Erasmus+: How do we encourage the study of languages in the UK?

Erasmus+: How do we encourage the study of languages in the UK? by Erasmus+

This article was written by Global Graduates, published on 22nd July 2014 and has been read 2535 times.

We in the UK are notorious for being *slightly* bad at languages. As a nation, we have a tendency half-heartedly to ask for a plate of ‘frites’ before throwing around the phrase that is the bane of every linguist’s existence: “It’s ok, everyone speaks English anyway”. Luckily for future generations, however, there is a driven team of politicians and professionals working to help young people to buck the trend. 

On Wednesday 16th July, ThirdYearAbroad.com attended the APPG meeting to launch the new Erasmus+ programme and to discuss the promotion of languages in the UK. The meeting was chaired by Baroness Coussins and featured a panel of experts, including two recent Erasmus graduates. 

 

First we heard from Ruth Sinclair Jones, the Director of Erasmus+ UK National Agency, British Council, who told us about the aims of Erasmus+. 

 

The 7 year programme, which will run until 2020, aims to boost skills, employability and opportunities for young people across Europe by enabling UK organisations:

to provide staff and learners with the opportunity to study, train, gain work experience and volunteer in another country in Europe to take part in transnational partnerships between education, training and youth organisations and with businesses

 

This means that students will not only be able to spend a semester studying abroad, but can also do a placement in a business.

 

The best part? Any organisation involved in education, training, youth and sport can get involved!

 

Erasmus+ has a €14.7 billion budget and almost €1 billion of that will be used to help people in the UK gain crucial international skills.

 

In other words, over 200,000 UK young people, and over 30,000 professionals, will gain opportunities to expand their horizons, not only through travel opportunities but also through access to online language support.

 

Sinclair Jones emphasised the importance of this being a “programme for everyone”, including people who are disabled or come from low income families. Ultimately, Erasmus+ wants to emphasise that language skills benefit everyone and every sector - not just those who work in education. 

 

Stephen Isherwood, Chief Executive at the Association of Graduate Recruiters, echoed these sentiments, as he informed us that more and more companies are looking to recruit talent with a global mindset. This refers not only to applicants who are well-travelled or fluent in multiple languages, but also to people who can provide evidence of an understanding of a global environment. After all, international corporations need employees who will understand when they have to make a conference call to Australia in the middle of the night!

 

If you aren’t keen on studying a language for your degree, don’t despair. Even a language at A-level, or even GCSE, can make a world of difference when applying for jobs.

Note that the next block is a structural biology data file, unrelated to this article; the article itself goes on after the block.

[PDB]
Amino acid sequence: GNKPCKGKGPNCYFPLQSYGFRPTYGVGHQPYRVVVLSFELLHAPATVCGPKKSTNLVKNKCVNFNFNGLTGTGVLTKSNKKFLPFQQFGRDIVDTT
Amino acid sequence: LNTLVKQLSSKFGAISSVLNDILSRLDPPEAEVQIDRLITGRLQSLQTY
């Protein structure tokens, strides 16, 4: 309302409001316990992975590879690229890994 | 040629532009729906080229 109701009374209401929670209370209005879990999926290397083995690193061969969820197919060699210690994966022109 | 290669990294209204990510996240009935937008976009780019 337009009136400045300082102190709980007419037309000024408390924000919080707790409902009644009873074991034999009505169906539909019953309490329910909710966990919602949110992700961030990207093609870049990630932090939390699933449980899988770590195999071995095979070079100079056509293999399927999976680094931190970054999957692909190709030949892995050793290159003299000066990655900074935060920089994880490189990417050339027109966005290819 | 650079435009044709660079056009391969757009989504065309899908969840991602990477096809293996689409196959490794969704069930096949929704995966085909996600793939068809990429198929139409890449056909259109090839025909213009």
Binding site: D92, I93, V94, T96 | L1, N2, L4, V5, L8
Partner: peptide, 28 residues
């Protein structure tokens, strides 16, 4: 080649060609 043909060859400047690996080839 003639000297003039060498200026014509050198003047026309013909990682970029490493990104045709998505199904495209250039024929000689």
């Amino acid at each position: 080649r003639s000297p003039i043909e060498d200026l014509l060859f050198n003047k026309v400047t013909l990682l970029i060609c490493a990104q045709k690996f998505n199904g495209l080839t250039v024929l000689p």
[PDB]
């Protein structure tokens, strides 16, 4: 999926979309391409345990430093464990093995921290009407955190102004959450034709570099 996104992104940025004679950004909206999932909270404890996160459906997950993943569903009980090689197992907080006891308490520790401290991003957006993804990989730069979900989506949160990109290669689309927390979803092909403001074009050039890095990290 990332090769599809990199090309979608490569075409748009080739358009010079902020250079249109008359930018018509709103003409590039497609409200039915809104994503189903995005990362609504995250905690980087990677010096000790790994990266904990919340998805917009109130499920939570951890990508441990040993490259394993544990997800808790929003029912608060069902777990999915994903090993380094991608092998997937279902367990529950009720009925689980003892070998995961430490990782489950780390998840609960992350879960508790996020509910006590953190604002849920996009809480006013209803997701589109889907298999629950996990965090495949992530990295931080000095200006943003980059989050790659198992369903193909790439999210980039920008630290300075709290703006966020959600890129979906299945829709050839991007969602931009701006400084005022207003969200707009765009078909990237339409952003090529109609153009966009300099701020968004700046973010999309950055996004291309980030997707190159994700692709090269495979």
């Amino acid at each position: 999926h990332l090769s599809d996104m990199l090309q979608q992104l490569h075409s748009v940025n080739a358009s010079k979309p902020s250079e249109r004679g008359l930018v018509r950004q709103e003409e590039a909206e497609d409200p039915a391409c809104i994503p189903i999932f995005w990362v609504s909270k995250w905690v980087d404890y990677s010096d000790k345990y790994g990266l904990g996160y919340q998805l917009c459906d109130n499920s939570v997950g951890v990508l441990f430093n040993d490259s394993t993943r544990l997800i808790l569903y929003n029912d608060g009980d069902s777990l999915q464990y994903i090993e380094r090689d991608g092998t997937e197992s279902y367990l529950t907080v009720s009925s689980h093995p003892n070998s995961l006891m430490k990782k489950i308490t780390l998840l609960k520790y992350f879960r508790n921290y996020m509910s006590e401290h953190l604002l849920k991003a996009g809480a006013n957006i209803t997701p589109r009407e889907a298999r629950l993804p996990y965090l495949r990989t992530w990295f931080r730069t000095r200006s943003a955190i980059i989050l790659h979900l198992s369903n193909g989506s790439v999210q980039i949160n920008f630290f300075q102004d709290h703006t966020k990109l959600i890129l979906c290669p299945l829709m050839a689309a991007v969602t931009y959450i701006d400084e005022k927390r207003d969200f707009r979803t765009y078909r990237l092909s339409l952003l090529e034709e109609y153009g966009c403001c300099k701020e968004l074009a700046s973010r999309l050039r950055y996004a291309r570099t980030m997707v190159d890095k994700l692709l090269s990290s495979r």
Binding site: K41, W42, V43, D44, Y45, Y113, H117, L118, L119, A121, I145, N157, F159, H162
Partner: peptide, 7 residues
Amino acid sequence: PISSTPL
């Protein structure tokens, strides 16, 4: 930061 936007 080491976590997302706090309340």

However, if you are someone who has studied or worked abroad, whether for a gap year or during a year abroad, you’re in luck. Studies show that those who can provide evidence of a cross-cultural awareness are more likely to get a job in the first year, and more likely to perform well and to stay longer in that job. Excellent motivation to start packing those bags! 

 

We also heard from two recent graduates, both of whom had benefitted from the Erasmus scheme and who were full of praise for their years abroad and the benefits of learning a language. 


George Sloan, a Chemistry graduate from the University of Edinburgh, had spent a year working in a research lab at the University of Alicante. He informed us that when he had arrived in Alicante, he had assumed that a few words in Spanish would be enough to get by. However, this all changed when the use of a wrongly-translated chemical led to a minor explosion in the lab! Suddenly, he recognised the value of fluency in another language and worked hard to improve his Spanish. George ended up having the best year of his life through Erasmus, telling us that “you’d be hard pushed to find a language student who thinks otherwise”. He pushed the value of Erasmus as an “international melting pot”, something that allows you to meet students from all over the globe, not only making friends but also forging an international network of potential business contacts for the future. 

 

George also emphasised the importance of schools in encouraging younger students to take languages seriously, with many teachers implying that there is no point studying a language to A-level unless you want to go on to study languages at university, a misconception that puts many students off languages altogether. 

 

Charlotte Branham-Jones, a French and Spanish graduate from KCL, agreed with him, claiming that the terrible attitude towards languages at her school led to her teaching herself French to GCSE level in a year, without any outside help. She suggested giving more students access to language exchanges at a younger age, in order to teach them the value of persevering with languages, as well as updating the way languages are taught so that it reflects the world the students are living in. 

 

The key idea that arose from the meeting, was that encouraging all students - including those who are more interested in science or maths - to persevere with languages, rather than giving up at the first hurdle, is crucial to securing the UK’s place in the global community.

 

Charlotte herself put it best, when she told us that “my motto has always been ‘life begins at the end of your comfort zone’”. The nods, smiles and round of applause indicated that the rest of us were in complete agreement.

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